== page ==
How do you get rid of a bats? We get that question all the time, and more often than not the question is coming from people filled with all sorts of misconceptions. Many of those myths are coming from family members and friends recounting their epic– and futile — battles against bats. So let us share our unique perspective on safe, humane bat removal techniques, reasons to get rid of bats in your home, and all the rest of the questions you wanted to ask.
The Bat Exclusion Process:
We do not recommend a bat removal project as a do-it-yourself project. Explaining the process in detail will shed some light on the exclusion effort and the benefits of seeking professional assistance for your own safety. Contact us for professional help to get rid of bats.
1. Identify all the areas where bats are entering the house. A bat needs only a 3/8 inch x 1 inch gap to gain entry. Locating these areas often requires ladders, ladder hooks, ladder brackets, fall protection, plenty of sealant and experience.
2. Install a valve or bat-door on the active entry points. Timing of the installation is important, considering maternity season. If you install one-way doors when non-flying juveniles are present, several things can occur. If the young can escape through the one-way door, then they will end up on the ground and expose children and pets to bites and possible rabies. If the young can not escape, then they will be separated from the adults and would die. Also, there are times when the young flood into the living space of your home.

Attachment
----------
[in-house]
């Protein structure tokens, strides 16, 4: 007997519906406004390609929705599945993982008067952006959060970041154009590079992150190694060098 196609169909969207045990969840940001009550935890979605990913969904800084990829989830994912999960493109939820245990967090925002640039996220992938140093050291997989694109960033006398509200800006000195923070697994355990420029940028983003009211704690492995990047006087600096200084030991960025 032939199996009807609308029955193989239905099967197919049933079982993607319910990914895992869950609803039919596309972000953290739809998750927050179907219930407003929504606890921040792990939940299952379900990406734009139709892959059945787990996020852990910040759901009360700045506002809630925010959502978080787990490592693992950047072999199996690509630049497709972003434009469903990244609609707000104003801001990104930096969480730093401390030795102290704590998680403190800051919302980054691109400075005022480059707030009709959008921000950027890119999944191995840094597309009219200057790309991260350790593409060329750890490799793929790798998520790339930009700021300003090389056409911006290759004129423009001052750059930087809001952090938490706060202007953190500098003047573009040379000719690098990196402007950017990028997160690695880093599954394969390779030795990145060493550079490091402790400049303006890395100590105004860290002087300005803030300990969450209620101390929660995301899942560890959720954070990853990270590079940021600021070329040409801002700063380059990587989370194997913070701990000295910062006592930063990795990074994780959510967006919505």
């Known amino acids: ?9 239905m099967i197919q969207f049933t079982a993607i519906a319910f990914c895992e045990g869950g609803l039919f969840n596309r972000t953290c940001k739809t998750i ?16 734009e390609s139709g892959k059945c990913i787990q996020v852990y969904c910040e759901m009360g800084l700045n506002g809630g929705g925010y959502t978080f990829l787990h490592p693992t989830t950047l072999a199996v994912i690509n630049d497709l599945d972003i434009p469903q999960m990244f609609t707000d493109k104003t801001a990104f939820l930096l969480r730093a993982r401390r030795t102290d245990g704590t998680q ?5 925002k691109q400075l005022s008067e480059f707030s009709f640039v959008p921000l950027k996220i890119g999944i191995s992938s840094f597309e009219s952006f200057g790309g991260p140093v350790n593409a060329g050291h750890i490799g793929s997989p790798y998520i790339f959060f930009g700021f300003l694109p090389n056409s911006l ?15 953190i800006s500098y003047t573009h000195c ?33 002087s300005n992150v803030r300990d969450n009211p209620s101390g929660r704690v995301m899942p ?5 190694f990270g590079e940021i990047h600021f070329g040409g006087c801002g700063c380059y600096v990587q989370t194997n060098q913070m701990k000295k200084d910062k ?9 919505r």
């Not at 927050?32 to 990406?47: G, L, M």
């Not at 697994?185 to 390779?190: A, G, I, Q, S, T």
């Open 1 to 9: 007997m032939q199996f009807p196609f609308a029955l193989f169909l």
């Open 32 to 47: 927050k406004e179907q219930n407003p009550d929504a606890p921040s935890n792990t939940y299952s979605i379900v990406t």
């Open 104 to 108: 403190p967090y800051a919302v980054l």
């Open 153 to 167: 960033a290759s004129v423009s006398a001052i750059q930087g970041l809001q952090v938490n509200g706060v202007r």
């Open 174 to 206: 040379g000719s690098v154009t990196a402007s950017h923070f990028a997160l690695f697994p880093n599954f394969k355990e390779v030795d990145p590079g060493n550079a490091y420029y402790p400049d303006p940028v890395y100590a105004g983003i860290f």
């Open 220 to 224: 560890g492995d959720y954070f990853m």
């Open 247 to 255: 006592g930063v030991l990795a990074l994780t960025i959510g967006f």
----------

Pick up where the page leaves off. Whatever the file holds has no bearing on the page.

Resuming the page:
3. Seal all non-active areas on the home. Extensive caulking may be required, because the bats are persistent. Bats will actively search for a new entrance to “their” home. Spot treatments are not recommended, because you may find yourself dealing with the bats for a number of years. Bats are very reluctant to be evicted. Experience in identifying potential entry areas pays long-term dividends in getting bats out as quickly as possible.
4. Install a bat house. Bat houses are a great added component for every bat exclusion project, giving the best of both worlds. You can still benefit from the bat’s voracious appetite for insect pests, while living comfortably with the knowledge the bats are living again in their natural habitat. There are 14 bat species that have been observed in Ohio, and all of them dine exclusively on insects. (Bats are one of the only predators of nocturnal insects.) Adding a bat house or two to your backyard habitat helps reduce human dependence on pesticides and improves crop yields on our farmlands, not to mention providing a chance to observe some of natures most proficient twilight hunters in action.
5. Wait a period of time, to allow the bats to leave. Timing varies depending on the time of year. Bats hibernate in the winter; and they are very active in the summer. Once you are certain that you have rid your home of bats, the bat-doors can be removed. Seal the previously active points.
Get Rid of Bats — Do it Yourself
Getting rid of bats by excluding them from your home is complex – and dangerous. Many homeowners find that exclusions are beyond the scope of a do-it-yourself weekend project. And they are right. Watch our do-it-yourself get rid of bats video and learn more.
Reasons to Get Rid of Bats
Bats play a big role in controlling nuisance insects that harass you during every backyard barbecue, not to mention the swarms of bugs that harm agricultural efforts every year. These benefits do not outweigh the problems you have when bats are living inside your home.
Rabies – You don’t want a rabies vector living in your home.
Bat Bugs – These are related to bed bugs.
Damage – You don’t want your home damaged from guano and urine.
Bat Safety – It is safer for bats to live in their natural habitat.
Learn more about our live bat removal